Academic disciplines that don’t lead to jobs face the axe

Academic disciplines in colleges and universities will be suspended if they fail to lead to “sufficient numbers of graduates finding employment or entering further studies”, education authorities in China’s eastern Anhui province have ruled, with other provincial authorities expected to make similar announcements as youth unemployment in China reaches record levels.

China’s urban unemployment rate for young people aged 16-24 reached a record 19.9% in July, according to official statistics, despite national government subsidies and a raft of local measures to encourage companies to hire new graduates as well as increases in quotas for postgraduate study.

It has also led to changes in the way students entering higher education choose their degree subject, with more opting for STEM (science, technology, engineering and mathematics) disciplines.

This year, the number of new university graduates reached an all-time high of more than 10.75 million – 1.67 million more than the previous year.

Disciplines in which less than 60% of graduates enter employment or continue education for three consecutive years could be suspended or even revoked, according to a guideline released by the Anhui provincial government in mid-July.

Anhui University, in the provincial capital Hefei, has already culled 12 academic disciplines considered to be of “low societal need” and suspended four more believed to have “insufficiently distinctive characteristics”, according to Kuang Guangli, president of the university, quoted in official media.

Anhui officials referred to an “early warning list” of disciplines without naming them. However, a report on supply and demand of undergraduate disciplines in the province’s universities and colleges in 2021 found that law, international finance, information engineering and some others were a “bright red light” in terms of employment prospects.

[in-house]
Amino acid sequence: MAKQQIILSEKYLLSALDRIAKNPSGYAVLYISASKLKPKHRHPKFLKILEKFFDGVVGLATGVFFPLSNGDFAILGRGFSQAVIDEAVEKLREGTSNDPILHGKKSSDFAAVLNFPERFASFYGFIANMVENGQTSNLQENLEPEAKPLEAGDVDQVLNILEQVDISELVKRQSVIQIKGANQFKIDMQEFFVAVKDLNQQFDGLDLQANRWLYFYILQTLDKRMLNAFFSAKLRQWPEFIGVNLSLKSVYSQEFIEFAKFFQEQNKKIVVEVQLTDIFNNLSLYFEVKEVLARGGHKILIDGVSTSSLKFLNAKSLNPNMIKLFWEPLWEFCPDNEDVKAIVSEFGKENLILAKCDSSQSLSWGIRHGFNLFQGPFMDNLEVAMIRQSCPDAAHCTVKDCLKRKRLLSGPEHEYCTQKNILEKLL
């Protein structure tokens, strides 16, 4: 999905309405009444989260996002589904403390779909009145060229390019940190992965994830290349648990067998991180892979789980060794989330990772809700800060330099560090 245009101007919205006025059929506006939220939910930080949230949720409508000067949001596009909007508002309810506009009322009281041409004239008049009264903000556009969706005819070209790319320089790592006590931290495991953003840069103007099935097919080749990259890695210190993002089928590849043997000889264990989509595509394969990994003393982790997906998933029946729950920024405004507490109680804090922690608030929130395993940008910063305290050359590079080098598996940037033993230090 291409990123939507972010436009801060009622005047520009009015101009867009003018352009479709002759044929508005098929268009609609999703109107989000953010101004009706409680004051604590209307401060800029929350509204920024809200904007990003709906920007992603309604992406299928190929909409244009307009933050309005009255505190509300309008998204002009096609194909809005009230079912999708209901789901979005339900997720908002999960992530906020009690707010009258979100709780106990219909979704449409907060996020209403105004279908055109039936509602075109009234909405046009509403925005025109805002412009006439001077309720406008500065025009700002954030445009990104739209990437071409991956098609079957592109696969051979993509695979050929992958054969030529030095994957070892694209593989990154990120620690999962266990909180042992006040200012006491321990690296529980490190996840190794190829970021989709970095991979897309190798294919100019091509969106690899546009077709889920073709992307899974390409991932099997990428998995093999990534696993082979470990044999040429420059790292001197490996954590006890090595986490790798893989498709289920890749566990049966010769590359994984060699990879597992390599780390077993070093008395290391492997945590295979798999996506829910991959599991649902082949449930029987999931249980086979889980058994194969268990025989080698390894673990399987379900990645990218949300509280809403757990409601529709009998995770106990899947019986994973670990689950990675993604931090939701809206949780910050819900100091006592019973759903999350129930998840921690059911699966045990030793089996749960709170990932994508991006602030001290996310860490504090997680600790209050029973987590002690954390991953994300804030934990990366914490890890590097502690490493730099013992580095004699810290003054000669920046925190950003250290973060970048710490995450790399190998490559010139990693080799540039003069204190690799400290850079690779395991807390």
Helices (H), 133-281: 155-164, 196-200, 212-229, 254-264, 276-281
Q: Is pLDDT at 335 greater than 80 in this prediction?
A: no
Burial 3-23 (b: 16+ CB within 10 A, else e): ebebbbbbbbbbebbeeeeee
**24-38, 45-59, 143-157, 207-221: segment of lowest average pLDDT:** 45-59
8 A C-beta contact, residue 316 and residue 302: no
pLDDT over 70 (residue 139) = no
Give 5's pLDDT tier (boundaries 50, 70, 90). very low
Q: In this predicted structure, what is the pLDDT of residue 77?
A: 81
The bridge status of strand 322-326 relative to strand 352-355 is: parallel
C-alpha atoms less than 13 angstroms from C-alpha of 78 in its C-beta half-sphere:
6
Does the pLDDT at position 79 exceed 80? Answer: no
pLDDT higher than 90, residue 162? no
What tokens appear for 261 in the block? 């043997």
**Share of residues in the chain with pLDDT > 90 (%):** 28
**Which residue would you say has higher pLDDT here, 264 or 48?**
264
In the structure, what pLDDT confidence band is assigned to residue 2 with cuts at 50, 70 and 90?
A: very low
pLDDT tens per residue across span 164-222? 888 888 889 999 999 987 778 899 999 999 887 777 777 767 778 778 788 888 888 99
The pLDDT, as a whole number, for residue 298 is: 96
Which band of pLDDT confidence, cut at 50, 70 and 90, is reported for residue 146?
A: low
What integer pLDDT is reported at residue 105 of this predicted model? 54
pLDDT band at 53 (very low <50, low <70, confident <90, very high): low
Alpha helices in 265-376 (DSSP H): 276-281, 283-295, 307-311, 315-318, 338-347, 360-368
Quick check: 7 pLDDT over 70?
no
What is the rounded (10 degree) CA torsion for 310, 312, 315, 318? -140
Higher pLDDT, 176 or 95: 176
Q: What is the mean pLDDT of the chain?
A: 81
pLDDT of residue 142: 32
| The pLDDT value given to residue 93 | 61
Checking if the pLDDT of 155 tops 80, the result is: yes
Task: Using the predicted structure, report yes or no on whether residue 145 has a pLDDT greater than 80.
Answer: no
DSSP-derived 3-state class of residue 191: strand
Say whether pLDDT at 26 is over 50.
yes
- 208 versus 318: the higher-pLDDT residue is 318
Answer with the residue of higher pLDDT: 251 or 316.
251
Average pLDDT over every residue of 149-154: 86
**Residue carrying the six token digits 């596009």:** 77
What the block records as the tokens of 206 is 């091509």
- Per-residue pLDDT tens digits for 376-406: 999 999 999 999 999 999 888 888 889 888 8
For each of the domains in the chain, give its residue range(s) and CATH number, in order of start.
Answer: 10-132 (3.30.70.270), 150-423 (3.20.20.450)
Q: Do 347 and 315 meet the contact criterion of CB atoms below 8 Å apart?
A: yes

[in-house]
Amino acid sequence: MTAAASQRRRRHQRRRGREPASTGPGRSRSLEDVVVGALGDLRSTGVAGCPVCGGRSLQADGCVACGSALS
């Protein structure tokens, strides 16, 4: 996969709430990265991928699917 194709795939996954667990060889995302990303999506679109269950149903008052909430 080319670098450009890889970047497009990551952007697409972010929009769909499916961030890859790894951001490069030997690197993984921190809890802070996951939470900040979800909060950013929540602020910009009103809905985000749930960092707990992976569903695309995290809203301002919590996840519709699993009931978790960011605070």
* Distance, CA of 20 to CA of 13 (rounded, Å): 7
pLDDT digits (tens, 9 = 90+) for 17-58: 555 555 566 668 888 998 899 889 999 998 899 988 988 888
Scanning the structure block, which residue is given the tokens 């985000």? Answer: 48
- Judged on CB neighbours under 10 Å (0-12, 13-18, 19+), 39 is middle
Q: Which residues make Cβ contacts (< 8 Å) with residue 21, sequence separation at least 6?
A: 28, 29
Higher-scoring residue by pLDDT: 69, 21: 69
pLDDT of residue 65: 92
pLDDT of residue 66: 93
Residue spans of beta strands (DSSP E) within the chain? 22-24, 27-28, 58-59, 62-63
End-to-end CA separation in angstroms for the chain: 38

The report noted the initial employment rates of “red light” disciplines included a 58.89% employment rate for law, 54% for information engineering, 50% for trade and economics, Arabic and international finance graduates, 44% for English translation and 33% for rural finance – all of them below the 60% threshold.

Borderline subjects just above the 60% employment threshold included insurance, applied statistics, taxation, arts and crafts, Korean, investment psychology, accounting, Chinese language and literature, and broadcast media.

Nonetheless, the notice also said it was necessary to “protect and develop” less in-demand subjects such as traditional Chinese medicine, tribal sciences particularly relating to the province’s Hui minority, archaeology, poetry, opera, as well as “intangible cultural heritage and other unpopular disciplines with important cultural value and heritage significance”.

Criticism of employment rate criteria

The Anhui notice has been criticised, with some academics noting that a high employment rate should not be the primary purpose of colleges and universities.

“The creation of academic disciplines should not be employment oriented as this will deliver the misleading message that students should be unnecessarily burdened by the decision over what to major in,” said one comment on, a news website in Hunan province.

Other experts noted that securing 60% employment rates for any discipline during the current unemployment climate would be challenging.

“The cyclical effect on youth employment is still being felt because employers proceeded with caution during the pandemic. On the other hand, college graduates’ preference for stable jobs or decision to pursue postgraduate or even higher studies reflects their pessimistic outlook on future prospects,” said Qu Yue, a professor at the Institute for Population and Labor Economics at the Chinese Academy of Social Sciences, writing in official media.

Already the unemployment situation has led to a dramatic decline in students opting for liberal arts and humanities degrees at Chinese universities compared to a decade ago when the top five choices countrywide were financial management, marketing, English, business management and law.